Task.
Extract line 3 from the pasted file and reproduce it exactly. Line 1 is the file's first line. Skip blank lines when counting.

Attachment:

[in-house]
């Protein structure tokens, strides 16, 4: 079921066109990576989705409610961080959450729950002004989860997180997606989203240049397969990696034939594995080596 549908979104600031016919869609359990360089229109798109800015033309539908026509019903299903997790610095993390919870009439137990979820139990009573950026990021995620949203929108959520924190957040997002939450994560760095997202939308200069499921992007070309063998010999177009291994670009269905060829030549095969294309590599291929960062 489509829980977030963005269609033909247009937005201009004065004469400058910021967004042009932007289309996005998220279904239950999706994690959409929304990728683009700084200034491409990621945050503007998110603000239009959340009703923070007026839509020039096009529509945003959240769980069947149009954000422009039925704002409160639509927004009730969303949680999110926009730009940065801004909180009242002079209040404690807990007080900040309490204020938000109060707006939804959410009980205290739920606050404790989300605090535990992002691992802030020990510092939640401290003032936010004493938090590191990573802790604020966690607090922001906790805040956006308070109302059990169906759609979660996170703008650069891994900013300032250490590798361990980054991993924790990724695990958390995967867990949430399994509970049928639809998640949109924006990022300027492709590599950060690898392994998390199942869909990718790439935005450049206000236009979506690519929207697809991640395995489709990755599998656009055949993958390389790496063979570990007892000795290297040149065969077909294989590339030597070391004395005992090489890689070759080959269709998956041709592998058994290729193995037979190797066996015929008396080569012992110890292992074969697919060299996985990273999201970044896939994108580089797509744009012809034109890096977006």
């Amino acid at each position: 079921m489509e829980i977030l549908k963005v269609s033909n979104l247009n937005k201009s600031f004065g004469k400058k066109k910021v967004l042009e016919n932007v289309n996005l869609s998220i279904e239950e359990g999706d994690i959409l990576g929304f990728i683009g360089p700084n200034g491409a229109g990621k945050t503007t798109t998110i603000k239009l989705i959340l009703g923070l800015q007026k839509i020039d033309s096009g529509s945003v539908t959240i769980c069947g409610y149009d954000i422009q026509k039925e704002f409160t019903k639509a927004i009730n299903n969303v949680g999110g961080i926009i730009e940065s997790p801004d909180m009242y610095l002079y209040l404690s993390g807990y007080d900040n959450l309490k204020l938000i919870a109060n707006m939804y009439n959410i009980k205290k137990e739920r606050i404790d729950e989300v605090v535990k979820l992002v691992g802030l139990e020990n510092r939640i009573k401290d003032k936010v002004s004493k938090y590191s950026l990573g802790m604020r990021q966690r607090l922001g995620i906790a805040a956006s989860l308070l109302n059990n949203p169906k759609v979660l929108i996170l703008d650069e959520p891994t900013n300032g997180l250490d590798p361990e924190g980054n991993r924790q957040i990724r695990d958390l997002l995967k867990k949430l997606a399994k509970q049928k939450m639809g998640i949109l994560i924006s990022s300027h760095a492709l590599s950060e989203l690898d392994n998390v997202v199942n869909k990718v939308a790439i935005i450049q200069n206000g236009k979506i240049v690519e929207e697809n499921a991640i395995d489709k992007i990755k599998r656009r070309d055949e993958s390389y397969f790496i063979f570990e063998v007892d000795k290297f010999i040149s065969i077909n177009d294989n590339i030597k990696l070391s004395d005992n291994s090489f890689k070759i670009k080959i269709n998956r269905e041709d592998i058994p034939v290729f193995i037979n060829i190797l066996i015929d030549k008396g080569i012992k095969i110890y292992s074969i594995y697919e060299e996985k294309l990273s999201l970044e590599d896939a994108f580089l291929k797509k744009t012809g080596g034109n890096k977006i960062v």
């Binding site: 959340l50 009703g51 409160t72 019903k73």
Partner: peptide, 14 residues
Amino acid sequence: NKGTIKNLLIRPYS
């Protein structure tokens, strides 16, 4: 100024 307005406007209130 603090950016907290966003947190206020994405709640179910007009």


């Amino acid at each position: 079921m489509e829980i977030l549908k963005v269609s033909n979104l247009n937005k201009s600031f004065g004469k400058k066109k910021v967004l042009e016919n932007v289309n996005l869609s998220i279904e239950e359990g999706d994690i959409l990576g929304f990728i683009g360089p700084n200034g491409a229109g990621k945050t503007t798109t998110i603000k239009l989705i959340l009703g923070l800015q007026k839509i020039d033309s096009g529509s945003v539908t959240i769980c069947g409610y149009d954000i422009q026509k039925e704002f409160t019903k639509a927004i009730n299903n969303v949680g999110g961080i926009i730009e940065s997790p801004d909180m009242y610095l002079y209040l404690s993390g807990y007080d900040n959450l309490k204020l938000i919870a109060n707006m939804y009439n959410i009980k205290k137990e739920r606050i404790d729950e989300v605090v535990k979820l992002v691992g802030l139990e020990n510092r939640i009573k401290d003032k936010v002004s004493k938090y590191s950026l990573g802790m604020r990021q966690r607090l922001g995620i906790a805040a956006s989860l308070l109302n059990n949203p169906k759609v979660l929108i996170l703008d650069e959520p891994t900013n300032g997180l250490d590798p361990e924190g980054n991993r924790q957040i990724r695990d958390l997002l995967k867990k949430l997606a399994k509970q049928k939450m639809g998640i949109l994560i924006s990022s300027h760095a492709l590599s950060e989203l690898d392994n998390v997202v199942n869909k990718v939308a790439i935005i450049q200069n206000g236009k979506i240049v690519e929207e697809n499921a991640i395995d489709k992007i990755k599998r656009r070309d055949e993958s390389y397969f790496i063979f570990e063998v007892d000795k290297f010999i040149s065969i077909n177009d294989n590339i030597k990696l070391s004395d005992n291994s090489f890689k070759i670009k080959i269709n998956r269905e041709d592998i058994p034939v290729f193995i037979n060829i190797l066996i015929d030549k008396g080569i012992k095969i110890y292992s074969i594995y697919e060299e996985k294309l990273s999201l970044e590599d896939a994108f580089l291929k797509k744009t012809g080596g034109n890096k977006i960062v």